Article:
E Ink thin active-matrix technology promises displays for ultraportable devices
JUNE 6--E Ink Corp. (Cambridge, MA; www.eink.com), developer and marketer of electronic ink technology for paper-like displays, has demonstrated very-thin active-matrix displays.
JUNE 6--E Ink Corp. (Cambridge, MA; www.eink.com), developer and marketer of electronic ink technology for paper-like displays, has demonstrated very-thin active-matrix displays. Prototypes were first exhibited at last month's Society for Information Display (SID) Symposium, Seminar, and Exhibition, in Boston, MA.
E Ink has demonstrated two display sizes targeting highly portable, rugged information appliances. At less than half the thickness of a credit card, these development prototypes have a total display thickness of just 0.3 mm. Traditional active-matrix display panels measure 2 mm thick and often require a backlight for a combined thickness of 4 mm or more. E Ink's prototypes are roughly 90% thinner and lighter than typical glass-based, liquid-crystal displays.
Active-matrix displays that are commercially available today are produced with two sheets of thick, fragile glass. Fracture of glass substrates is often reported as the leading cause of field failure of portable devices. In contrast, E Ink's flexible displays are constructed by combining a thin, shatterproof steel foil transistor substrate with E Ink's paper-like electronic ink display material coated onto a plastic face sheet. Steel foil was chosen as the transistor backplane material because of its overall performance from initial transistor processing through final display use. "The beauty of this technology is that it is compatible with existing display production technology, cutting years off time to market," said Michael McCreary, vice president of research and development at E Ink.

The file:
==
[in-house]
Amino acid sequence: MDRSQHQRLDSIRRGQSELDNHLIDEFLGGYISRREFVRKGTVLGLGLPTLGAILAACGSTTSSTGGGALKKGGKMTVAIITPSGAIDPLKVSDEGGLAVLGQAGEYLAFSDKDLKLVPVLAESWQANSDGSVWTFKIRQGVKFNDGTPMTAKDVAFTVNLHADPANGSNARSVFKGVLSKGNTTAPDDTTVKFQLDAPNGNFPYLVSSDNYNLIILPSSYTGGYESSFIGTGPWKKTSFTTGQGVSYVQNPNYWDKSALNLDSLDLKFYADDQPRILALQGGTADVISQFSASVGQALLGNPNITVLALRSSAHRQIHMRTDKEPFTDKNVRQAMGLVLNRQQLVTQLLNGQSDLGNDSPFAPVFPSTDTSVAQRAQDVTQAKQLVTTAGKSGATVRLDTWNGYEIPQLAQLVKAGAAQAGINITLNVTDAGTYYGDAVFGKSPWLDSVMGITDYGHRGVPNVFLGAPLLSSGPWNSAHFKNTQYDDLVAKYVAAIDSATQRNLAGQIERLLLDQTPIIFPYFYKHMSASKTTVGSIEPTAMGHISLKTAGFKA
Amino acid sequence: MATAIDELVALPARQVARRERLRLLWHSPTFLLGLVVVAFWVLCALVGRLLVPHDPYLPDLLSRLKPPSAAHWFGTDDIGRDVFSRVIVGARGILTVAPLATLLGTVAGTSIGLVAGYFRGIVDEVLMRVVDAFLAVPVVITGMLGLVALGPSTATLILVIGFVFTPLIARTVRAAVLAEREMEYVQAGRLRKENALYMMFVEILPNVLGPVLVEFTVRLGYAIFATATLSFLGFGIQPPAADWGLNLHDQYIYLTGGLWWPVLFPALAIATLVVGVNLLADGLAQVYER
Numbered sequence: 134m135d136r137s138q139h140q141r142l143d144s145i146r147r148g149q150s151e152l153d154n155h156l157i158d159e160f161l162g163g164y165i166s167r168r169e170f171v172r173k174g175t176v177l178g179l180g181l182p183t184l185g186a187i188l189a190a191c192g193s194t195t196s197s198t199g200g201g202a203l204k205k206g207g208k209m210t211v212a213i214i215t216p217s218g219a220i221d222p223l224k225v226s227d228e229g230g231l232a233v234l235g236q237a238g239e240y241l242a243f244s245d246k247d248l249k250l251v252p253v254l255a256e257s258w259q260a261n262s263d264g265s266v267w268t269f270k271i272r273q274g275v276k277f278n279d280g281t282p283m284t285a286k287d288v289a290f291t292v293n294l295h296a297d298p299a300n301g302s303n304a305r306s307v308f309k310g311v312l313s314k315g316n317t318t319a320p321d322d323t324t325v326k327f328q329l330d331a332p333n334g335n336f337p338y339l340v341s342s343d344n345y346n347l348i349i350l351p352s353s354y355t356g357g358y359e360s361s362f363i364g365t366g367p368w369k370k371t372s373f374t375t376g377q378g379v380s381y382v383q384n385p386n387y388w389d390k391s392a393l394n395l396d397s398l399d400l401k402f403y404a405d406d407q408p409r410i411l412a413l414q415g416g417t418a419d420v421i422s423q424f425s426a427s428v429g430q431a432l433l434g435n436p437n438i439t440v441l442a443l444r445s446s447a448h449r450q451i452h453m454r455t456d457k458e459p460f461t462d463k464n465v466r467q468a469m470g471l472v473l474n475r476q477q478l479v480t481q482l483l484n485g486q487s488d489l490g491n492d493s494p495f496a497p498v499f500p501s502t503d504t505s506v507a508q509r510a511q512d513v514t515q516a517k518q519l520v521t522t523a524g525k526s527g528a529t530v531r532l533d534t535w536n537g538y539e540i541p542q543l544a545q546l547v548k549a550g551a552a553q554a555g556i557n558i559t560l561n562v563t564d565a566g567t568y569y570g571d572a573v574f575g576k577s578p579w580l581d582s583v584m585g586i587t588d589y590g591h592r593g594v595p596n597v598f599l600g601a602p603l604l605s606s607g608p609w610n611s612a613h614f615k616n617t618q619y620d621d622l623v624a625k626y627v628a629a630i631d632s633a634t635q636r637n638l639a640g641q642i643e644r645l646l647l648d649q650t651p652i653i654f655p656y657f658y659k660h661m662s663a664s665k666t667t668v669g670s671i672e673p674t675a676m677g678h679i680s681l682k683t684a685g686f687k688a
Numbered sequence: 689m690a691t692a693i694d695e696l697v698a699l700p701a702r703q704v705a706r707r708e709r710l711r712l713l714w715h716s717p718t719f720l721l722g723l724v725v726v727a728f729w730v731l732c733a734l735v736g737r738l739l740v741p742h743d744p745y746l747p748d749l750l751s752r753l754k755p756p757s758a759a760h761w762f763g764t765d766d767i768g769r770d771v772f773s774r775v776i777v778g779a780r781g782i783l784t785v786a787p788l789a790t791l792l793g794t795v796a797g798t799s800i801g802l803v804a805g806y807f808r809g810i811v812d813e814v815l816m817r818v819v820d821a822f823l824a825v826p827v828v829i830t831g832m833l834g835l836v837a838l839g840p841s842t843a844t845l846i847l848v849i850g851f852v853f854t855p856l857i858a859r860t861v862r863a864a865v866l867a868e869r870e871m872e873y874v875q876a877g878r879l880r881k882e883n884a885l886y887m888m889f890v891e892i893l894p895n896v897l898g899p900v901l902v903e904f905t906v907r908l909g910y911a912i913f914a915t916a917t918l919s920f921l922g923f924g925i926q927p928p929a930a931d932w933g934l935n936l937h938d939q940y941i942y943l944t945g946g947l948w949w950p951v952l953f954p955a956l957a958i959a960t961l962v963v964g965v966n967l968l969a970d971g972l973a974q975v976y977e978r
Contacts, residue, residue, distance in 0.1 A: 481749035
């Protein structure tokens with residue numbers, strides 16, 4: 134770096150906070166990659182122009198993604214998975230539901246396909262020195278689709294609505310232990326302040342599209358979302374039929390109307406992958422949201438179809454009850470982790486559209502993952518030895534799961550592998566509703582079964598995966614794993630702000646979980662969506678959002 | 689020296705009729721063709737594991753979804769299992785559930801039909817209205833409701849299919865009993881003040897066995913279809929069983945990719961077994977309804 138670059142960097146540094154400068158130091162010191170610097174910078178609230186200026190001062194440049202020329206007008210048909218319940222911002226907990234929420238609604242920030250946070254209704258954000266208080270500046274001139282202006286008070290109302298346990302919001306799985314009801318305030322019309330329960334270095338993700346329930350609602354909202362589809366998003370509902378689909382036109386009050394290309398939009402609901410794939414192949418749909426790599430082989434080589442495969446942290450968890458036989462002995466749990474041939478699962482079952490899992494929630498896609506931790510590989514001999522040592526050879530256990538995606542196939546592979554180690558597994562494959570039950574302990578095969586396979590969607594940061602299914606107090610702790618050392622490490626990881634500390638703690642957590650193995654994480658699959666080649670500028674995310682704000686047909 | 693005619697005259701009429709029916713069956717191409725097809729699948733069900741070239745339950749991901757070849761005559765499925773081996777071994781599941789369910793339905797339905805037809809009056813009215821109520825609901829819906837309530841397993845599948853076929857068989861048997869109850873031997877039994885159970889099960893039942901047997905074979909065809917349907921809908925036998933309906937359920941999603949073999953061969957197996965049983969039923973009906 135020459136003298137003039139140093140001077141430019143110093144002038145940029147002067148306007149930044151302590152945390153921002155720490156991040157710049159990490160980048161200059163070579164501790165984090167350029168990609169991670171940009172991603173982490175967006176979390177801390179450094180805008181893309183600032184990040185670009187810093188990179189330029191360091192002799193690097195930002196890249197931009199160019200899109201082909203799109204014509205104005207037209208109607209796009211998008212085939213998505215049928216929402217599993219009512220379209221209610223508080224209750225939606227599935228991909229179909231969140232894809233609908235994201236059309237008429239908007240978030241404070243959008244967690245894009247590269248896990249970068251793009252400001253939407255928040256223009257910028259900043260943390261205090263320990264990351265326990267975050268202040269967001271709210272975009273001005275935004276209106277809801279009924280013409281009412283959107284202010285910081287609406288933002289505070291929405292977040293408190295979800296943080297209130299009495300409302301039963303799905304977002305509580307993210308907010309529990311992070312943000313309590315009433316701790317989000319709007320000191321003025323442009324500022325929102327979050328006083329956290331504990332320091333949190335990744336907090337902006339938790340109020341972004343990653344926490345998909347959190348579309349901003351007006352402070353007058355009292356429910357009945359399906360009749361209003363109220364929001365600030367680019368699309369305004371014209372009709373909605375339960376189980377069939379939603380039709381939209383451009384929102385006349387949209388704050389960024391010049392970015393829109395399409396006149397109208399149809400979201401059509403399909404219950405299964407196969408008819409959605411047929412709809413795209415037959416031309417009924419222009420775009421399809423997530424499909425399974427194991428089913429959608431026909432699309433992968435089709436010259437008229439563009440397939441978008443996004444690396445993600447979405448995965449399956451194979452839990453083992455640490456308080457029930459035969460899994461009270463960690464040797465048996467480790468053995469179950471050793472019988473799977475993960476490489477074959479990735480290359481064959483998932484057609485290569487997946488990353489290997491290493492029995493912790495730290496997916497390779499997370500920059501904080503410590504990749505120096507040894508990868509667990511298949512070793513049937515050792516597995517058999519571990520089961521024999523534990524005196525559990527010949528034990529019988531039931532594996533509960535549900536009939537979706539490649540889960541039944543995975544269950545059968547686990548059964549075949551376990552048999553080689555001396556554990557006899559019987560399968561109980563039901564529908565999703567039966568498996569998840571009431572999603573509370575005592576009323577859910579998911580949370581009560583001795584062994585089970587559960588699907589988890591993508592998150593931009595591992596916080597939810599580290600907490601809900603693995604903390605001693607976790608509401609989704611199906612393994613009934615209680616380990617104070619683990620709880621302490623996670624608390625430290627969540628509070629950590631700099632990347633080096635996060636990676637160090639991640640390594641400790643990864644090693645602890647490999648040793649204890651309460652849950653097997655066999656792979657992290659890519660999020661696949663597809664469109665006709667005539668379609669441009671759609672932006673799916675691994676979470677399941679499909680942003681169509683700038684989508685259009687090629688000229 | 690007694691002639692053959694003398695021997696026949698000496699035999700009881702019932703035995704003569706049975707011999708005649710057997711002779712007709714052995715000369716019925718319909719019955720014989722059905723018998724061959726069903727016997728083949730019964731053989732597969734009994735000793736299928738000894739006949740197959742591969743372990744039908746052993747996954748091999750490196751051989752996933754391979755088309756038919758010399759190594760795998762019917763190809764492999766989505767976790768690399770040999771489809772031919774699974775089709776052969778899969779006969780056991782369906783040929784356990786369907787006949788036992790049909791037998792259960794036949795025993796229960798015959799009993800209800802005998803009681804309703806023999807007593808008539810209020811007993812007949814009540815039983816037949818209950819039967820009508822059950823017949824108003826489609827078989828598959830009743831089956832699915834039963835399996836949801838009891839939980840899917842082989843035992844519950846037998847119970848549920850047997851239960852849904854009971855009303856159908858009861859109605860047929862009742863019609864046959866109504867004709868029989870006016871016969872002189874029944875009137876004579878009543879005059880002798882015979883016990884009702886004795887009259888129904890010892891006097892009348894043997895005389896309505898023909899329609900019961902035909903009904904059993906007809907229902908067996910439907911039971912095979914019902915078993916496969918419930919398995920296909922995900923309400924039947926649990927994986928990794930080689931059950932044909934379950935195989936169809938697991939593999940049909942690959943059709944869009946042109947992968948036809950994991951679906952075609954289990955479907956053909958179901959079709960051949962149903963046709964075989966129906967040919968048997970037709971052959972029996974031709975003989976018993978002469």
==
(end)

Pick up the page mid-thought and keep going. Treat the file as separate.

Unlike other flexible display or ultrathin display solutions, E Ink's novel backplane technology is practical; it is based on readily available substrate materials and well-established semiconductor-process technologies. Combined with E Ink's electronic-ink front-plane film, E Ink now offers a complete technology platform for flexible, paper-like displays. These advanced display products are expected to reach consumers in 2004--2005.
The first display prototype is targeted at card-sized mobile applications such as SmartCards and cell phones. With a 1.6-in. diagonal and 80 pixels per inch (ppi), the display has a resolution of 100 x 80 pixels. The second display prototype measures 3.0 in. diagonally and is targeted at hand-held devices. These include PDAs, two-way pagers, and novel communication devices such as mobile display appliances or hand-held monitors that are peripheral to cell phones or other wireless 'servers.' The resolution of this display is 240 x 160 with 96 ppi.
E Ink envisions the unveiled prototypes will enable new design freedom for device makers - such as curved surfaces and bendability--while providing end users with highly portable and rugged information appliances. "E Ink is now working with leading device makers to integrate our electronic ink and backplane technologies into ultrathin and flexible displays for next-generation portable devices," stated Dan Button, vice president of business development at E Ink.